Green Party MP Chlöe Swarbrick travelled to Australia over the weekend and will self-isolate for 14 days when she returns to New Zealand.
"I have been overseas and as such will be following the protocols outlined by the Prime Minister," Swarbrick said today.
"These protocols were designed to keep everyone healthy. I do not have any symptoms, but I am registering my whereabouts with the Ministry of Health and will be following advice."
Green Party co-leader James Shaw said the party would support Swarbrick to work remotely.
"We have been in contact with Parliament's Speaker. Obviously Chlöe won't be coming to Parliament or attending any public events.
"Green MPs who are away from Wellington regularly video-conference into caucus meetings, so Chlöe will still be able to participate fully in the work of the Green Party.
"We'll miss Chlöe's presence in Parliament but I'm sure she'll be back before long."
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NZ First MP and Minister Tracey Martin is also in self-isolation after coming into contact with infected Australian Minister Peter Dutton last week, though Martin has said she also has no Covid-19 symptoms.
PM: We can enforce self-isolation requirements
Meanwhile Prime Minister Jacinda Ardern said today that the Government and the police can enforce self-isolation.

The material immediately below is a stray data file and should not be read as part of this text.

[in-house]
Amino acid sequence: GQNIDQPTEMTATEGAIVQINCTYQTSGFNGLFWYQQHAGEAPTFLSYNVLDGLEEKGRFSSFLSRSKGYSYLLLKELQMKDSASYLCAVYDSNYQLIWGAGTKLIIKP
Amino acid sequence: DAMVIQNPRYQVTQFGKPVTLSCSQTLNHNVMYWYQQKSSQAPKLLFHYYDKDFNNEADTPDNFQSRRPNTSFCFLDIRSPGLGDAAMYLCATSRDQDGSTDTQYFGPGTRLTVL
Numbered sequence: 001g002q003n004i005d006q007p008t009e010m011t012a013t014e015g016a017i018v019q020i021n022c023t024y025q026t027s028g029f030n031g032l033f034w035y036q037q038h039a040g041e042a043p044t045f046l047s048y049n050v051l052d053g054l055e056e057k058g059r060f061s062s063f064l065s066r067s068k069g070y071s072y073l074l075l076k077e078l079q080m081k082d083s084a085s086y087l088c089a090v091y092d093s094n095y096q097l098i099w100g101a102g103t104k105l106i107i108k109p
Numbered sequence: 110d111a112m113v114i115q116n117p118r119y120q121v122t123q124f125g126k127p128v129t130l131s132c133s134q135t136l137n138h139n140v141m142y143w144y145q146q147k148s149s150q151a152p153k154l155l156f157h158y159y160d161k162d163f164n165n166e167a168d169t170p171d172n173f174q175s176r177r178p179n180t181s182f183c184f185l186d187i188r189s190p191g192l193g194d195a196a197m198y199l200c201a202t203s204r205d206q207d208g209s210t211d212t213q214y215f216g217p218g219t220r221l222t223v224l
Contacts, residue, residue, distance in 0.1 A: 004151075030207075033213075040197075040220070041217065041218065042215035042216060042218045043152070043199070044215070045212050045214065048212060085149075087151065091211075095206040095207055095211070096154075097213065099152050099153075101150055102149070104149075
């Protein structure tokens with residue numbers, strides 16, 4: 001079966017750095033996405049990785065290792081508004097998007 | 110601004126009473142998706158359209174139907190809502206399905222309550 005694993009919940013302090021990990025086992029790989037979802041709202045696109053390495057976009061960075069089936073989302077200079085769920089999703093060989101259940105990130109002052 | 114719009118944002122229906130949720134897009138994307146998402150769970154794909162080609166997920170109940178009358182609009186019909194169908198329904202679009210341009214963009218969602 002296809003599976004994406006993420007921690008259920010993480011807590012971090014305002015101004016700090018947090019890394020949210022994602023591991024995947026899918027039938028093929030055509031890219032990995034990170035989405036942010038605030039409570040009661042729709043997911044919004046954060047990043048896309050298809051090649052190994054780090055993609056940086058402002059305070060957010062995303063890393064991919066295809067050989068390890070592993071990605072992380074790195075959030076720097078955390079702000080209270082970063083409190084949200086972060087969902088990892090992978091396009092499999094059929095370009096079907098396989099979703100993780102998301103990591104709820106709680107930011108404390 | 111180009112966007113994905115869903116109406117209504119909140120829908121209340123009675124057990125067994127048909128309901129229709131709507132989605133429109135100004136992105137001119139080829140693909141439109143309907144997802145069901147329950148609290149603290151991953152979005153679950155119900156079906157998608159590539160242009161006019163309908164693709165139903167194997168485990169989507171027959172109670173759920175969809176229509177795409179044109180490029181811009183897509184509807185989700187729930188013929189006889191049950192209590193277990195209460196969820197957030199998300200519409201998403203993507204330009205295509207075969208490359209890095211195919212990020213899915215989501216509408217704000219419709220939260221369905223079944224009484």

And she says the Government's economic package, to be announced on Tuesday, will be the most significant one-off injection into the economy of her entire tenure as Prime Minister.
Yesterday Ardern announced that any person from any country, excluding the Pacific islands, is now required to self-isolate for 14 days upon arrival to the country, and she encouraged all New Zealanders to avoid all non-essential travel overseas.
As well as affecting thousands of people's travel plans, the move is expected to significantly impact Kiwis' jobs and New Zealand economy.
This morning Ardern sought to calm fears about whether people would self-isolate properly, saying that the 10,500 New Zealanders who had done it so far had been overly compliant, with some staying home for more than 14 days.
But she said authorities, including police, had the power to quarantine people at a medical facility and station staff at the door.
That power had not been used so far, she told TVNZ's Q+A this morning.
The Government has been constantly looking at global developments, and the new restrictions unveiled on Saturday were the next step to "go hard" to flatten the curve.
The goal was to avoid a large-scale community spread of the virus, and the new travel restrictions were about keeping pressure off the public health system as the number of positive cases rose.